Dr. Siegel on Pomalidomide in Lenalidomide-Refractory Patients With Myeloma

David M. Siegel, MD, PhD
Published: Wednesday, Jan 09, 2019



David M. Siegel, MD, PhD, chief of myeloma, John Theurer Cancer Center, professor of medicine, Hackensack Meridian Health, discusses the feasibility of using pomalidomide (Pomalyst) to treat patients with myeloma who have become refractory to lenalidomide (Revlimid).

When treating patients with myeloma, there is a traditional belief that once they become refractory to a drug, oncologists need to completely change classes of drugs for the next line of therapy—for example, going from an immunomodulatory agent to a proteasome inhibitor. A study presented at the 2018 ASH Annual Meeting challenged this dogma by assessing the efficacy of pomalidomide in patients who progressed on a lenalidomide-based regimen.

The trial suggested there was no detriment in doing this, and Siegel says the next steps are taking these patients and treating them with the commonly used regimen comprised of pomalidomide, corticosteroids, and daratumumab (Darzalex). Siegel adds that although these are early data in patients who have progressed on 1 or 2 prior lines of treatment, this is still potentially practice-changing.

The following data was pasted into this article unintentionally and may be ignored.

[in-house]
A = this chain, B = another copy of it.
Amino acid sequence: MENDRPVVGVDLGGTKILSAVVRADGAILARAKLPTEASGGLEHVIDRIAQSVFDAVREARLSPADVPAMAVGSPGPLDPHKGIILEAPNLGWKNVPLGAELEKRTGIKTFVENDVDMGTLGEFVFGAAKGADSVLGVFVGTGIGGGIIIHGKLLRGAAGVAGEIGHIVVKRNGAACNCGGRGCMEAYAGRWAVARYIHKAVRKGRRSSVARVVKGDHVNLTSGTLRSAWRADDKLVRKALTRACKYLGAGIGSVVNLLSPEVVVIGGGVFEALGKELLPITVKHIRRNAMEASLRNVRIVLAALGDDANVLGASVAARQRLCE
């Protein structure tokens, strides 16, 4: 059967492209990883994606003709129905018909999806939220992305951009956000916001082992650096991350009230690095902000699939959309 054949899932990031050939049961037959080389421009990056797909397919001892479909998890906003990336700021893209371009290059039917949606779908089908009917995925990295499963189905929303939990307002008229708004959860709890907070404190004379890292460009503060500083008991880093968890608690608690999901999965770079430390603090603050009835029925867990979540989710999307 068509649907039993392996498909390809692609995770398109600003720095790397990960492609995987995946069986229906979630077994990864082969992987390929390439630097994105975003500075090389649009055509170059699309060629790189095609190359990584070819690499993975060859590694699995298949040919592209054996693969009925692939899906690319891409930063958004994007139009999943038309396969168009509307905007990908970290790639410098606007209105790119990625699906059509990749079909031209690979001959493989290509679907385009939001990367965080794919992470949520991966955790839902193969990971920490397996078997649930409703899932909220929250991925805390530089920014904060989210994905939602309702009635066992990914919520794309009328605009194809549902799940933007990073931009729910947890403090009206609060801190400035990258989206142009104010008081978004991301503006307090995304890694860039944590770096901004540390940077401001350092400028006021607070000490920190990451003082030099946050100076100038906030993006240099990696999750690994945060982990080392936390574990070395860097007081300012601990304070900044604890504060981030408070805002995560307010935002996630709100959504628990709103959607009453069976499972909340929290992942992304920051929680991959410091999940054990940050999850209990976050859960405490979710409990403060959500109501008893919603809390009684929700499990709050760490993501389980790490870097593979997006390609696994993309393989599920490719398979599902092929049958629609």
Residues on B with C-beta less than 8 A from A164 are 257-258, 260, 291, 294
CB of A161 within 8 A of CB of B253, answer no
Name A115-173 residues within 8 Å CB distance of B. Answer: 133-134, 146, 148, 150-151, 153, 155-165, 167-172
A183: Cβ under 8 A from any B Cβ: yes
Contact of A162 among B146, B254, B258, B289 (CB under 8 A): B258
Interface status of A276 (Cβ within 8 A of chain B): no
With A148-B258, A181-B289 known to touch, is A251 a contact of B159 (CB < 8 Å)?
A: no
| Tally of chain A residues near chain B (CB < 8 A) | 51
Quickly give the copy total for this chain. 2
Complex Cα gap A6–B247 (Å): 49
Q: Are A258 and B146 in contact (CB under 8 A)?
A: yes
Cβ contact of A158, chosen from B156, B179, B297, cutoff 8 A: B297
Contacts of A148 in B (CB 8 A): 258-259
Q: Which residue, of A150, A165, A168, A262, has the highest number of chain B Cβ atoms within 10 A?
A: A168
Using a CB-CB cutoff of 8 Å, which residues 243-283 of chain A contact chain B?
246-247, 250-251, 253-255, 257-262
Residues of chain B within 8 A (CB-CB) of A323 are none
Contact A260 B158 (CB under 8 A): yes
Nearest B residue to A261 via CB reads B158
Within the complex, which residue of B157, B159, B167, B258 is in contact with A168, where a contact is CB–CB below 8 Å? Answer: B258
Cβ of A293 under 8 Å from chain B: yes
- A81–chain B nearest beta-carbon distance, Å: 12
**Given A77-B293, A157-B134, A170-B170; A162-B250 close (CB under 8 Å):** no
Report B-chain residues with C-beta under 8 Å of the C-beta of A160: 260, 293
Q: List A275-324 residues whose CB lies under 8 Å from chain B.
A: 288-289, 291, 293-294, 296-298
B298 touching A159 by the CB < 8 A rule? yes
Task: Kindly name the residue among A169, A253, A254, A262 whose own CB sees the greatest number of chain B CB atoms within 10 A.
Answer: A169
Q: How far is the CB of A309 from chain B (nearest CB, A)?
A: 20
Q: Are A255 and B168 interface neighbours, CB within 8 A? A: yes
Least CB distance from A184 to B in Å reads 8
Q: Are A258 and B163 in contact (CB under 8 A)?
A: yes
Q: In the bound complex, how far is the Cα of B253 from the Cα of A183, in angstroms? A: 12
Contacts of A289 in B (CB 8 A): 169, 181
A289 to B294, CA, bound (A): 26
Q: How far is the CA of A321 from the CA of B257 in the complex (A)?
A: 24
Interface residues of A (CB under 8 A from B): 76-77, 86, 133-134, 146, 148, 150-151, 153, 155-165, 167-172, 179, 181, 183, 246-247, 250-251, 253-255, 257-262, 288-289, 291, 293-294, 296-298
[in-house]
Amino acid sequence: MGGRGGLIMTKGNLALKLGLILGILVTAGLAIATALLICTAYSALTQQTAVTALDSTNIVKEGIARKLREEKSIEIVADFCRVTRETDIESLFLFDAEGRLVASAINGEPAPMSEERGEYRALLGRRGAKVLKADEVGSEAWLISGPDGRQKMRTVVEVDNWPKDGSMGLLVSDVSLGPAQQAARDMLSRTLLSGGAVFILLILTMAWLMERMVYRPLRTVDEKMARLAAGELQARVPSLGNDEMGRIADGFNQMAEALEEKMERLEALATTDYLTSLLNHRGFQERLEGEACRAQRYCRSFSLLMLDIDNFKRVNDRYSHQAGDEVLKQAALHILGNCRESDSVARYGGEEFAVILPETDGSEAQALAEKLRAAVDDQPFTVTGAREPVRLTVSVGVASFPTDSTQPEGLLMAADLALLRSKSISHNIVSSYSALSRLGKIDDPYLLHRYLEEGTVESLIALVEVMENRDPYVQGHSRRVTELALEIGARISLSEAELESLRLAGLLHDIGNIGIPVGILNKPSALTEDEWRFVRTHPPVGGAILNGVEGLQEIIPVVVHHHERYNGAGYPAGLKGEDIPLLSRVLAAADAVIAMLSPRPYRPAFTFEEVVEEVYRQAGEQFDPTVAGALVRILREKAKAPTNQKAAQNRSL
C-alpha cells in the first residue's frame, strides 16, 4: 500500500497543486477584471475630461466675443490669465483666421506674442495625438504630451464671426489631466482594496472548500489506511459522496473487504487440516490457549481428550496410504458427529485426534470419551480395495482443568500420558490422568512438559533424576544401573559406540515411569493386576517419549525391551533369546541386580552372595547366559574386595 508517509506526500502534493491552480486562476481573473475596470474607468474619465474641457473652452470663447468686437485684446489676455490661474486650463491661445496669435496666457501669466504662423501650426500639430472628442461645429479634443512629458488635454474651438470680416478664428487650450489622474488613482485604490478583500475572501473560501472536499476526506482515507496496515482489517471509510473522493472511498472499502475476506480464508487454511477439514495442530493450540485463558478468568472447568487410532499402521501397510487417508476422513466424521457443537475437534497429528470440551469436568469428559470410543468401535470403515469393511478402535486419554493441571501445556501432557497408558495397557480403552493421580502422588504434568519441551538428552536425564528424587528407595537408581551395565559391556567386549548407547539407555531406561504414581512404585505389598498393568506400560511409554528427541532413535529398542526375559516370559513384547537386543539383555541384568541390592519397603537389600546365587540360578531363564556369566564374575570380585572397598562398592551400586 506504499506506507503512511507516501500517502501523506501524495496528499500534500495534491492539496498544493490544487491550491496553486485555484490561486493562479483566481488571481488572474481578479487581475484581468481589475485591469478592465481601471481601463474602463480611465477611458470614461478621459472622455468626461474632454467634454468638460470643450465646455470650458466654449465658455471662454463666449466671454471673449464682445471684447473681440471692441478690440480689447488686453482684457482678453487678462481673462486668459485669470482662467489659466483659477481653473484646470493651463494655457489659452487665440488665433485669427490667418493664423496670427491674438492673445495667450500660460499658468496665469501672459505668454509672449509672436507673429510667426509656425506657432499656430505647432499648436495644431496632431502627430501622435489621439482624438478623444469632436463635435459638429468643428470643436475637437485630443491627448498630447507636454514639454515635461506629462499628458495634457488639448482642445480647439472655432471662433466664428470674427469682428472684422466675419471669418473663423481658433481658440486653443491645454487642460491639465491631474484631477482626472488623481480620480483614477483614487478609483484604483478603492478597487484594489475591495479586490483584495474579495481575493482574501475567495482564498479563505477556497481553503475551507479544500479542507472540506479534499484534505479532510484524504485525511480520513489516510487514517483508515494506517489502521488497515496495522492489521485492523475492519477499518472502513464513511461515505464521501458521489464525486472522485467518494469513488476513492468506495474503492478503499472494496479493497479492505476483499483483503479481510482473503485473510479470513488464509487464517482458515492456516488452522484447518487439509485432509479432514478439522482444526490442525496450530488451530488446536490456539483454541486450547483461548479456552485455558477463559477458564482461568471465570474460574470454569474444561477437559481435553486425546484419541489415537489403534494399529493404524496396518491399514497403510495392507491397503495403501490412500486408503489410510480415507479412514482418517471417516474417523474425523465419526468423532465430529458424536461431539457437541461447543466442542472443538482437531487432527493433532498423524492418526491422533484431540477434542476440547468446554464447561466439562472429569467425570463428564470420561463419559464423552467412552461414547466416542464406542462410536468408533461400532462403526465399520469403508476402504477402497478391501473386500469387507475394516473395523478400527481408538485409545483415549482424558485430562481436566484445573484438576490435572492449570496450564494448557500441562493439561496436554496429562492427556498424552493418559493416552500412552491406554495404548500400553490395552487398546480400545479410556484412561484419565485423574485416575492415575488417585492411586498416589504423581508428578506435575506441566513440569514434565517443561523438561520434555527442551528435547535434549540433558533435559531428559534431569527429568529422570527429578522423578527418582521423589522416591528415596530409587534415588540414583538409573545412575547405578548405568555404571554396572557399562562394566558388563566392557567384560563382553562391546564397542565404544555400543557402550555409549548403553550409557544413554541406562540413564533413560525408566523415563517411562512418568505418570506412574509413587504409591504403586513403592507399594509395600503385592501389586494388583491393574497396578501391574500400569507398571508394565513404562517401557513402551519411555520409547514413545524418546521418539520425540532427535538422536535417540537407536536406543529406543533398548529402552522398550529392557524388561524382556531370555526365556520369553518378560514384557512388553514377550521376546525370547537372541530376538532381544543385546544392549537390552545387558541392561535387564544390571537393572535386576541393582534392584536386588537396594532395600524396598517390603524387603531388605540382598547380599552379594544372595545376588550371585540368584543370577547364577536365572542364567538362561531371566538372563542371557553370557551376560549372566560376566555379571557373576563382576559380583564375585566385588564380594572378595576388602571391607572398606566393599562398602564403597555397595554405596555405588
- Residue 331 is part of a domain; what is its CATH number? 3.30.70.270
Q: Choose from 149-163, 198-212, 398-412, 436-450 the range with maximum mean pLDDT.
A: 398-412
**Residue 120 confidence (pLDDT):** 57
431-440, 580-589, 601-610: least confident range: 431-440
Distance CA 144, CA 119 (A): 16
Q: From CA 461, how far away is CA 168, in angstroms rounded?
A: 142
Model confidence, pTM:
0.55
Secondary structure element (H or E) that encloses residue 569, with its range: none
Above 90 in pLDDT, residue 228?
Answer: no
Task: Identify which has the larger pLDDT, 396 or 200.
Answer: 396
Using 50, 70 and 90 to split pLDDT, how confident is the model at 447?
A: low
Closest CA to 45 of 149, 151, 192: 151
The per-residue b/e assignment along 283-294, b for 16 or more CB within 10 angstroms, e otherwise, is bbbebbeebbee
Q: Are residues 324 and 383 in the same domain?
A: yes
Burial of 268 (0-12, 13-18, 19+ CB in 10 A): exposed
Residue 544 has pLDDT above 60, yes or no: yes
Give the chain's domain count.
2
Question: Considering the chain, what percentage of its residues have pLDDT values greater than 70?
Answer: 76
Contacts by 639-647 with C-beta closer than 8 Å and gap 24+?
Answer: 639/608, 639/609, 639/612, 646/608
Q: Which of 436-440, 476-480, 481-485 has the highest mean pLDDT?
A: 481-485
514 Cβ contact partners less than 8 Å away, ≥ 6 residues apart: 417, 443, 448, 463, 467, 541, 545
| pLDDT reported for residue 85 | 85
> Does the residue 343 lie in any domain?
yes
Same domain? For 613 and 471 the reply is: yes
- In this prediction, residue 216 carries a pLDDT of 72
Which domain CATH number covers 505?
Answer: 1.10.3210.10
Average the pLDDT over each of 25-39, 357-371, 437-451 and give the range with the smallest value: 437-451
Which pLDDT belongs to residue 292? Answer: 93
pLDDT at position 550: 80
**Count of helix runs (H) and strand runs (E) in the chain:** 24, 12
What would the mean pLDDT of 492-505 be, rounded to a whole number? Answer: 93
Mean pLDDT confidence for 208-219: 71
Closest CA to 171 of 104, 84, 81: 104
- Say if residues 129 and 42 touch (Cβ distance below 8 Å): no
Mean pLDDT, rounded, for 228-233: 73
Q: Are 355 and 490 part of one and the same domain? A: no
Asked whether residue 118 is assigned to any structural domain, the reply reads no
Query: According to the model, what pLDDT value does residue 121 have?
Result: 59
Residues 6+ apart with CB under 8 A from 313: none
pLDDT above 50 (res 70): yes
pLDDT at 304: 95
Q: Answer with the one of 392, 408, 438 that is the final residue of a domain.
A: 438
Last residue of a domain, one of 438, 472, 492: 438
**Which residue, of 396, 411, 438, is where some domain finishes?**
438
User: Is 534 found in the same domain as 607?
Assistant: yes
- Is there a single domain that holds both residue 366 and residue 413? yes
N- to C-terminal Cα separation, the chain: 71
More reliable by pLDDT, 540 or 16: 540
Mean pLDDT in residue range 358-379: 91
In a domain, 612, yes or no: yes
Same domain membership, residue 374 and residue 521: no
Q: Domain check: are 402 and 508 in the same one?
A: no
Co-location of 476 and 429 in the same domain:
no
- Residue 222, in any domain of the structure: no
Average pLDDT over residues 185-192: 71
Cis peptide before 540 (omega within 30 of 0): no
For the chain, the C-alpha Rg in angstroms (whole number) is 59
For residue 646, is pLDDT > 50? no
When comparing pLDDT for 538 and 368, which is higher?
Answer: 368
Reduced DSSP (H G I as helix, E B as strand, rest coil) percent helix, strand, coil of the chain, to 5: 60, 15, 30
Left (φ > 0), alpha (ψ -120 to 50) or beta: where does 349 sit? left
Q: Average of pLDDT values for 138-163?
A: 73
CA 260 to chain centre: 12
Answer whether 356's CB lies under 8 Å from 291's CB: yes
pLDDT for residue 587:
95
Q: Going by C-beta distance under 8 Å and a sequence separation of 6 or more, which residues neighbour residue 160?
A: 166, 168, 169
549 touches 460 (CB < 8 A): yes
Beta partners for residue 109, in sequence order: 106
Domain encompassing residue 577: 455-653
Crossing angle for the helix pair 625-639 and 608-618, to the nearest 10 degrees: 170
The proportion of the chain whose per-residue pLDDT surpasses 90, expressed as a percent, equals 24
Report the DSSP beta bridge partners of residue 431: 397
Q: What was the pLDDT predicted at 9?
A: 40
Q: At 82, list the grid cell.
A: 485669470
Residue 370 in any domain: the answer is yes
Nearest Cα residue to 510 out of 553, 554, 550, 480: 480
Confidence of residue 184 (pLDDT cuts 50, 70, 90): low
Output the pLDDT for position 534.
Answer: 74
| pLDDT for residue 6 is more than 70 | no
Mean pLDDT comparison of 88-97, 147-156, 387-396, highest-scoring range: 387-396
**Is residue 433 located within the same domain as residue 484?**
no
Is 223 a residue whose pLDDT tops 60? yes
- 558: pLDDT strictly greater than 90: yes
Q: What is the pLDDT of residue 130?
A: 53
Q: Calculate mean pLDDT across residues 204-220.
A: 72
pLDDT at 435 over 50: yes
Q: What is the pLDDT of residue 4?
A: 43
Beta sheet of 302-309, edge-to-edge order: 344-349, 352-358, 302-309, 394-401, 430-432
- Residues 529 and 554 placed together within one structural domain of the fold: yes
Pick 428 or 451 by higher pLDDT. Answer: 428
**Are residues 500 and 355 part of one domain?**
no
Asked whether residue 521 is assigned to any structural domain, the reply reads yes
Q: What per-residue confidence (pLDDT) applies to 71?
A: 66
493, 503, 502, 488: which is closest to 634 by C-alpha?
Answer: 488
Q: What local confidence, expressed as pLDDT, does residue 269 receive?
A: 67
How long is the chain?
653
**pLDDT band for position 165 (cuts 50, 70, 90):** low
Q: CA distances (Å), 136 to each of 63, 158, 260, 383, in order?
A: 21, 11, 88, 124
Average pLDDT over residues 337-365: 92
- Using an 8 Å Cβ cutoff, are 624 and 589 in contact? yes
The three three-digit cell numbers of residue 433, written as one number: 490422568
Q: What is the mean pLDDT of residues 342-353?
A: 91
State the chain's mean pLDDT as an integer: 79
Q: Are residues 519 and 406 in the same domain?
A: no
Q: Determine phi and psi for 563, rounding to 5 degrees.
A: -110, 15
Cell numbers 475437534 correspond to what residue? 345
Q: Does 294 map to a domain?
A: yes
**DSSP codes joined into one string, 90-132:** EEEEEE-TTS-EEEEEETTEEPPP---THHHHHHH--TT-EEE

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David M. Siegel, MD, PhD, chief of myeloma, John Theurer Cancer Center, professor of medicine, Hackensack Meridian Health, discusses the feasibility of using pomalidomide (Pomalyst) to treat patients with myeloma who have become refractory to lenalidomide (Revlimid).

When treating patients with myeloma, there is a traditional belief that once they become refractory to a drug, oncologists need to completely change classes of drugs for the next line of therapy—for example, going from an immunomodulatory agent to a proteasome inhibitor. A study presented at the 2018 ASH Annual Meeting challenged this dogma by assessing the efficacy of pomalidomide in patients who progressed on a lenalidomide-based regimen.

The trial suggested there was no detriment in doing this, and Siegel says the next steps are taking these patients and treating them with the commonly used regimen comprised of pomalidomide, corticosteroids, and daratumumab (Darzalex). Siegel adds that although these are early data in patients who have progressed on 1 or 2 prior lines of treatment, this is still potentially practice-changing.



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